The next step up is the Genesis series. There are four models in the popular Genesis series. There are the 310 and 330, each in E or S variations. The E stands for enameled and the S for stainless steel. One of the most popular features in the newest versions of the Genesis 330 is the sear station. This is an extra burner that helps you sear the taste into the food you are grilling.

The top of the line is the Summit series. These are the crown jewels in the Weber line. These grills are for absolute grilling fanatics and those with lots of room and lots of money. The series has eight models and the 670 model has six burners plus the sear station. The Summit grills can also be integrated into what Weber calls "grill centers" which add shelves, cabinets and counter tops to the Summit grills.

Once you get there, Weber also has you covered if you like to go on picnics, camping or tailgating and want to grill. The revolutionary Weber Q series grills were introduced in 2003 and have been a big hit ever since. The Q's come in five models and are perfect for putting into your trunk or the back of your truck, so you can enjoy great grilled food when you reach your destination.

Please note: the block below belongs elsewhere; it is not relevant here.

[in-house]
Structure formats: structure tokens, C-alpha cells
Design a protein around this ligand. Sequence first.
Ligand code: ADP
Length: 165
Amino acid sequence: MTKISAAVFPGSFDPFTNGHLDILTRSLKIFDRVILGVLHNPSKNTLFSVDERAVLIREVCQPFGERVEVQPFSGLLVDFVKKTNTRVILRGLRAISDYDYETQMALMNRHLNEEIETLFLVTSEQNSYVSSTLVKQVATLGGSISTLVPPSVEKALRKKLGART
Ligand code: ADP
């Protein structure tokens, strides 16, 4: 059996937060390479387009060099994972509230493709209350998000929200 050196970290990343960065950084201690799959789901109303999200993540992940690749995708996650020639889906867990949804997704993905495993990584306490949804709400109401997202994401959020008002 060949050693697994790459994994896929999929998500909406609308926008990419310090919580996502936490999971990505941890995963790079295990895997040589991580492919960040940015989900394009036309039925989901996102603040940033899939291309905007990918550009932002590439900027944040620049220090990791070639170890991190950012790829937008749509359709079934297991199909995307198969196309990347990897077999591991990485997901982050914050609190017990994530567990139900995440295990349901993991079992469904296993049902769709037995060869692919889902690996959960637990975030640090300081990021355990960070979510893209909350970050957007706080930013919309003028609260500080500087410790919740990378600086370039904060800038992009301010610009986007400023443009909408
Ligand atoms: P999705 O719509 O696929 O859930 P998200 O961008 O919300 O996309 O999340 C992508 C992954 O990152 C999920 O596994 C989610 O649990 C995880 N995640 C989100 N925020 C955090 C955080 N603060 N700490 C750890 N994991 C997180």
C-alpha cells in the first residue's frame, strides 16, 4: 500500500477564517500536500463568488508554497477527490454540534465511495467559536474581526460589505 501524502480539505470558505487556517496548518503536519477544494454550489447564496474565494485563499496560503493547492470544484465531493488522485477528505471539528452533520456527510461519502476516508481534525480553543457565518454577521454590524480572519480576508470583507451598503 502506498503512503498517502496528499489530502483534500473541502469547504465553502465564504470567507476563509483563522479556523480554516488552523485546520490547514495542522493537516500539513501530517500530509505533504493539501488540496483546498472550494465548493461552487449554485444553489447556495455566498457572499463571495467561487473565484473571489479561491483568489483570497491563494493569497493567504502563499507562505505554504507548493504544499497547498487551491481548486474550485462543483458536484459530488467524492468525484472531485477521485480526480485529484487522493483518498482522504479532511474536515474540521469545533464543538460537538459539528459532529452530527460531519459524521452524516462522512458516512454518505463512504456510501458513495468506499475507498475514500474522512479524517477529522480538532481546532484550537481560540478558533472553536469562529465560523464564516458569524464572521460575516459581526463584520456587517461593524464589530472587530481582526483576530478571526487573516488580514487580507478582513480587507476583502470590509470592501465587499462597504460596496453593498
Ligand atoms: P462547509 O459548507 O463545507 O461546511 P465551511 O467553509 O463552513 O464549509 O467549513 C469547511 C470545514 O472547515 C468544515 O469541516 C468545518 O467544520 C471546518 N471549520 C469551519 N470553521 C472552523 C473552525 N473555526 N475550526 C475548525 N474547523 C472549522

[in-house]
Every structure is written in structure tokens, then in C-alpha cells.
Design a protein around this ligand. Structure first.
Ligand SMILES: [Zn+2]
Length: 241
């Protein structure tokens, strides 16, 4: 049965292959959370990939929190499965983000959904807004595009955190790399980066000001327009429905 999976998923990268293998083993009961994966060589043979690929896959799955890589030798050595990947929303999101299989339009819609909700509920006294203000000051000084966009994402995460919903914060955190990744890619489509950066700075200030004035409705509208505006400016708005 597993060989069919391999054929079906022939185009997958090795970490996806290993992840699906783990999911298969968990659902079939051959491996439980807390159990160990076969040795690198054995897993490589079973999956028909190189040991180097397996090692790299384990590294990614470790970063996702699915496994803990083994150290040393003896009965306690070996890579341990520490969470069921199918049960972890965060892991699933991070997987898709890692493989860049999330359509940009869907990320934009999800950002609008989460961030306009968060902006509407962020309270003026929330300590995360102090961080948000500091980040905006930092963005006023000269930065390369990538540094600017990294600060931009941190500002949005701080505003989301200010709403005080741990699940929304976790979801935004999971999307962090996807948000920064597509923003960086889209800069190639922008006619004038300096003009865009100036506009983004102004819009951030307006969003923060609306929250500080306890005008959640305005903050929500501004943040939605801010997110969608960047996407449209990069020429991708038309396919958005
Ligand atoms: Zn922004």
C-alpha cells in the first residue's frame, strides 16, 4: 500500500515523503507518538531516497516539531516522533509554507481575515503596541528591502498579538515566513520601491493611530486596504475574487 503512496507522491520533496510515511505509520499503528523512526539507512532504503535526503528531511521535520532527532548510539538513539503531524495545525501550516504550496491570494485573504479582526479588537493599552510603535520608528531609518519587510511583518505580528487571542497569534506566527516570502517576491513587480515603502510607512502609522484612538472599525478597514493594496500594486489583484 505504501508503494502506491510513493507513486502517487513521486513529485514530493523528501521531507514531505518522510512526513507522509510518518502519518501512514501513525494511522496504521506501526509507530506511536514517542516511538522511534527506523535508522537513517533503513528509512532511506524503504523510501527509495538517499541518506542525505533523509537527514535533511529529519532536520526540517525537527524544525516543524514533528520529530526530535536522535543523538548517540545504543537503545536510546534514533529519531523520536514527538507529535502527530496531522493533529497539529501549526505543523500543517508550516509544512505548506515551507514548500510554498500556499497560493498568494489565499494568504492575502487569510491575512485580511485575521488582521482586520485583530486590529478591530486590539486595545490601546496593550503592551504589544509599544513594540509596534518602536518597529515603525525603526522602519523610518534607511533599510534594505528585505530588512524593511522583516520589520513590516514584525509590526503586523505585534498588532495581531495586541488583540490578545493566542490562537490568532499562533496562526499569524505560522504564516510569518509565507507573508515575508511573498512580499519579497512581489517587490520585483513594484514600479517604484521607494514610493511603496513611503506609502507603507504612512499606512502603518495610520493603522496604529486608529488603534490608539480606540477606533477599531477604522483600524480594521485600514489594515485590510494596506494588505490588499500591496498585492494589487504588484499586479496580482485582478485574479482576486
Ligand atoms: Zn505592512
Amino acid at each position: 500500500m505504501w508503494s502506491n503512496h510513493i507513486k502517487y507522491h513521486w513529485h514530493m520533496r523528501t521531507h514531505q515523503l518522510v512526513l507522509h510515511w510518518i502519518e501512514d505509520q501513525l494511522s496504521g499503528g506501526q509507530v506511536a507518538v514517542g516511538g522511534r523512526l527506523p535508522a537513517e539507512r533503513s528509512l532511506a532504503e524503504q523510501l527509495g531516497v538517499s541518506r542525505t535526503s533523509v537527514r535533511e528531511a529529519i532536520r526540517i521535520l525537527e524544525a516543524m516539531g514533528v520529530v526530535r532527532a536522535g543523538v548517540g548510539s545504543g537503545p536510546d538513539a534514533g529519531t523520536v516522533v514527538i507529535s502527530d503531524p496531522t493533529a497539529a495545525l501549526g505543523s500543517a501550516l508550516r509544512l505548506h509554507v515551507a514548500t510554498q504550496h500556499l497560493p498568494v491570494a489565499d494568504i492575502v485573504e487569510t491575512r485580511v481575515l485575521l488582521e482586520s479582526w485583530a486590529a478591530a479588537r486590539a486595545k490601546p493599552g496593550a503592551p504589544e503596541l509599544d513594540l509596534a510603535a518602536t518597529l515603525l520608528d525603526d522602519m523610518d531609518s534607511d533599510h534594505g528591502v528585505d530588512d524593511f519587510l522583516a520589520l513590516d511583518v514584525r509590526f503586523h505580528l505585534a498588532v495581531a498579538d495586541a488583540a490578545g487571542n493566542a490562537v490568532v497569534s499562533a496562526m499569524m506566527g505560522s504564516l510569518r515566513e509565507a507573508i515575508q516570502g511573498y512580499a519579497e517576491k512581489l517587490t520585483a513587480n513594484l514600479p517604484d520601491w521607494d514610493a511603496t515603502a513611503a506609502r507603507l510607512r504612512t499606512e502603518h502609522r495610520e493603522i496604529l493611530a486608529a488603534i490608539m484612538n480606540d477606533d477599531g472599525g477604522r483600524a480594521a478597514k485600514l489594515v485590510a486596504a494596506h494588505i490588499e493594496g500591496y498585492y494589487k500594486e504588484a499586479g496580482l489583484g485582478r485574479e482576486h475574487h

There is something about grilling which brings out the best in foods. Nothing can quite compare to the smoky, toasty and delicately charred taste of foods which are hot off the grill. Whether it is roasted beef steak, pork roast, chicken skewers, grilled fish or vegetable kebobs, grilled foods are certified favorites.

Yet it takes science and skill to grill. The rules of grilling differ for different kinds of food and cuts. Here are some rules to follow in order to come up with grilled foods which have the aroma, texture and taste you love.

1. Learn the two methods of grilling.

There are two methods of grilling, the direct heat and the indirect heat grilling methods. Knowing how each is done and when each or both can be used is basic knowledge one must learn to succeed in grilling.

The direct heat grilling method is done by placing the food item directly over the source of heat.

The food is placed on the grate directly above the hot coals if using the charcoal grill. Food is grilled with all the burners set to no lower than medium heat if using a gas grill.